Scientists are not allowed to patent stem cell application work which involves the destruction of human embryos after a landmark ruling in October.
Many welcomed the ruling, with one bioethics group saying it was a “triumph of ethical standards over commercial interest”.
The decision of the European Court of Justice (ECJ) means scientists may be encouraged to direct their attention towards adult stem cell application.
Adult stem cell application does not involve the destruction of human embryos and has already been used in more than 100 treatments or clinical trials.
The ECJ also examined the concept of the human embryo and said that it “must be understood in a wide sense”.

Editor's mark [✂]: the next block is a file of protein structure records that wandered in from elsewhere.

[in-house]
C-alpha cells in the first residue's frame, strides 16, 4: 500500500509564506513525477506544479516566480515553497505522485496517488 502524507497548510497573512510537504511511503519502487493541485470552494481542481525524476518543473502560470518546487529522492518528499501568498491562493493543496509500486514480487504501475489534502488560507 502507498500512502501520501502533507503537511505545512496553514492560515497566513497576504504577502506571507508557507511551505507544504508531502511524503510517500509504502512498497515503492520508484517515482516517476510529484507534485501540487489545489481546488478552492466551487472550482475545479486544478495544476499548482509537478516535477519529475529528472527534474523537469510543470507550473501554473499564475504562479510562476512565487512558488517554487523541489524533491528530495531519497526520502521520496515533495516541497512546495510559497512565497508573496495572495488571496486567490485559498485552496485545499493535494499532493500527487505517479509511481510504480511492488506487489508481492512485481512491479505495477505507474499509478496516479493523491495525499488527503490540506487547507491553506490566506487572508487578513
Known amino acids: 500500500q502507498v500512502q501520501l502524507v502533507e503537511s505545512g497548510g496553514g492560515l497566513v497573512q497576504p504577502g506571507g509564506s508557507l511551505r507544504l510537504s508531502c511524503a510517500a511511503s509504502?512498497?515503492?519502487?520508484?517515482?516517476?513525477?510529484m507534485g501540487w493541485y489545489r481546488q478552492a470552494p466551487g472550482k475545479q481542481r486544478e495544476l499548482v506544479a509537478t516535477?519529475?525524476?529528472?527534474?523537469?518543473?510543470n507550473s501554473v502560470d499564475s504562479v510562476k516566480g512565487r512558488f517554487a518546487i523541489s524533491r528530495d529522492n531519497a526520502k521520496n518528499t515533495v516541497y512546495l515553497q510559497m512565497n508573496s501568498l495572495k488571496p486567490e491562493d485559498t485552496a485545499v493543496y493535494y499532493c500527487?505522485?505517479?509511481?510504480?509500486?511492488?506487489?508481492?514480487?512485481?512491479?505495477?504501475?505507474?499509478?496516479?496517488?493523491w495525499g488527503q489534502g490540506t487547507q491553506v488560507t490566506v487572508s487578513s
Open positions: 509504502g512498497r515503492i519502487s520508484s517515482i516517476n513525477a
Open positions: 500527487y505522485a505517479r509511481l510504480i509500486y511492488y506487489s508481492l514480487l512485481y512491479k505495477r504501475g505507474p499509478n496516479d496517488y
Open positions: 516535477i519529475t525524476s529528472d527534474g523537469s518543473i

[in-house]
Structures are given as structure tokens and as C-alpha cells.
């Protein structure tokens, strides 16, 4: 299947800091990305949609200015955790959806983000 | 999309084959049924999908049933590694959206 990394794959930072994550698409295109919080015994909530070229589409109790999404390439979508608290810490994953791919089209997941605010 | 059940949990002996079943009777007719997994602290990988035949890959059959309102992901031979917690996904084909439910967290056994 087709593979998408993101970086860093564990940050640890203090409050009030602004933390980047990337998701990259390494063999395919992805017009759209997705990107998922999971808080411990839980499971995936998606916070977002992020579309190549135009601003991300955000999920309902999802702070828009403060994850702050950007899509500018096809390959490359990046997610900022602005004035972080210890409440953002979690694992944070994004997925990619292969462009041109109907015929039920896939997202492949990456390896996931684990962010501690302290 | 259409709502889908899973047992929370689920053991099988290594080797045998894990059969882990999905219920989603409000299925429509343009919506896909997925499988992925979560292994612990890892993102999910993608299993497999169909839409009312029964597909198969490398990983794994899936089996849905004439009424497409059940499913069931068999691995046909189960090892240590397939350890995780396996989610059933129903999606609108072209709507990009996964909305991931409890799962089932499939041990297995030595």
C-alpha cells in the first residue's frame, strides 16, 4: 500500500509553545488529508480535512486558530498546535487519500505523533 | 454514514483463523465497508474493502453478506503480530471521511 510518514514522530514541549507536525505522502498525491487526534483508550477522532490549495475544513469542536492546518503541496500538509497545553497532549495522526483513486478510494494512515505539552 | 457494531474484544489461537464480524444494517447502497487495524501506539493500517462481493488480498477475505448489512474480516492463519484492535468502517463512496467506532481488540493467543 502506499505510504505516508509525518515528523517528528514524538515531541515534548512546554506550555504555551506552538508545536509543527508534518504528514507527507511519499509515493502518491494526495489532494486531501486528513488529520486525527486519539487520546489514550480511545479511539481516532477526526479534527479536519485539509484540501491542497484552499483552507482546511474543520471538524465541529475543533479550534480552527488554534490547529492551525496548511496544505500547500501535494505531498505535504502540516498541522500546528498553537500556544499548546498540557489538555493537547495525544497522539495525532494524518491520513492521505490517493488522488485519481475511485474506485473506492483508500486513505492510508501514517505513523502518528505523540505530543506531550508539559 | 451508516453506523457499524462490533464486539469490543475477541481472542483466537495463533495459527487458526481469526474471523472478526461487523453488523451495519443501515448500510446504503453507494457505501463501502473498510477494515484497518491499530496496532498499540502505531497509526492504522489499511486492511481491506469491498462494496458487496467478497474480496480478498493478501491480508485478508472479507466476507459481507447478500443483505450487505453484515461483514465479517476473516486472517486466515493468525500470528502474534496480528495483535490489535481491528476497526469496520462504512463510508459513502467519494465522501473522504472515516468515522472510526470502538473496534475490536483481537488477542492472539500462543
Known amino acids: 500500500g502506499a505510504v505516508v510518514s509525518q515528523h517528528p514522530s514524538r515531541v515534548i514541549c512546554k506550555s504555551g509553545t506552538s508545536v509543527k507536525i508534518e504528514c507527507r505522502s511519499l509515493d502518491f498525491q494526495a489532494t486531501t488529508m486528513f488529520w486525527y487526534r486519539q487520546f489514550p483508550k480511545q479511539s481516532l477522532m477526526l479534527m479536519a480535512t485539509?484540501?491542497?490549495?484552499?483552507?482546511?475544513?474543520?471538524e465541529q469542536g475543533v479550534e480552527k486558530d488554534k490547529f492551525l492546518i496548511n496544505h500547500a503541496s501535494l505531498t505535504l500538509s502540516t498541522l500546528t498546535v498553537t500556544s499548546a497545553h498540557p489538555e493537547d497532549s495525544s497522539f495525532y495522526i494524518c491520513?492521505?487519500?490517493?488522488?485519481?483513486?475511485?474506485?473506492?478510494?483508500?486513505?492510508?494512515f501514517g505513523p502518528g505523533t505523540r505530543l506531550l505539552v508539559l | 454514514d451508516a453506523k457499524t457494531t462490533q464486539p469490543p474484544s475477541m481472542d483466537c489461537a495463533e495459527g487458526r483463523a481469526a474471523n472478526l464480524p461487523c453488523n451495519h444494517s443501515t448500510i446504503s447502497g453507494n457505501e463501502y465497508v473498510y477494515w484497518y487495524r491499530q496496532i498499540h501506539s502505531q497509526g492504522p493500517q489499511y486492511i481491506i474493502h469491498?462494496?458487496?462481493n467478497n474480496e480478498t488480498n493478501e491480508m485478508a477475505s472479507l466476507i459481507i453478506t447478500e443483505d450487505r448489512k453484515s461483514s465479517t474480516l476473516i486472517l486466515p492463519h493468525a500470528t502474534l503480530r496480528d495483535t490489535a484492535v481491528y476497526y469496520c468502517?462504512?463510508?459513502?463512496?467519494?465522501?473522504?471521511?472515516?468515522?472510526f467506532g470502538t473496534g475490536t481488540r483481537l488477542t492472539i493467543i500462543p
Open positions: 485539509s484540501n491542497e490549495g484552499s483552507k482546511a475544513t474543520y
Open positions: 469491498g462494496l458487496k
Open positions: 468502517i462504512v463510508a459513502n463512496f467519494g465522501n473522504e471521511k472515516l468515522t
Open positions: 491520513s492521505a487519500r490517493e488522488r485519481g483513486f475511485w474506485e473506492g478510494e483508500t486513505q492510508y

The case was started in Germany by Greenpeace. The charity welcomed the decision, saying the court had “strengthened the protection of human life against commercial interests within the EU”.
A blog on the Greenpeace website commented: “Greenpeace is against the patenting of human life. Greenpeace is not anti-stem cell research.”
The decision is a blow to supporters of embryonic stem cell application research. Prof Austin Smith, of a stem cell research group at the University of Cambridge described the Court’s decision as “unfortunate”.
Dominica Roberts however, who is Chairman of the ProLife Alliance, said the group was “delighted” at the court ruling.
She said: “Perhaps this will encourage scientists to divert their efforts to seeking more cures with adult stem cells. Use of adult stem cells is not only entirely ethical but has so far proved much more effective.”
Stem cell application at Angeles hospital in Mexico uses adult stem cells only. We treat a number of conditions which you can learn more about by filling in the form on the right.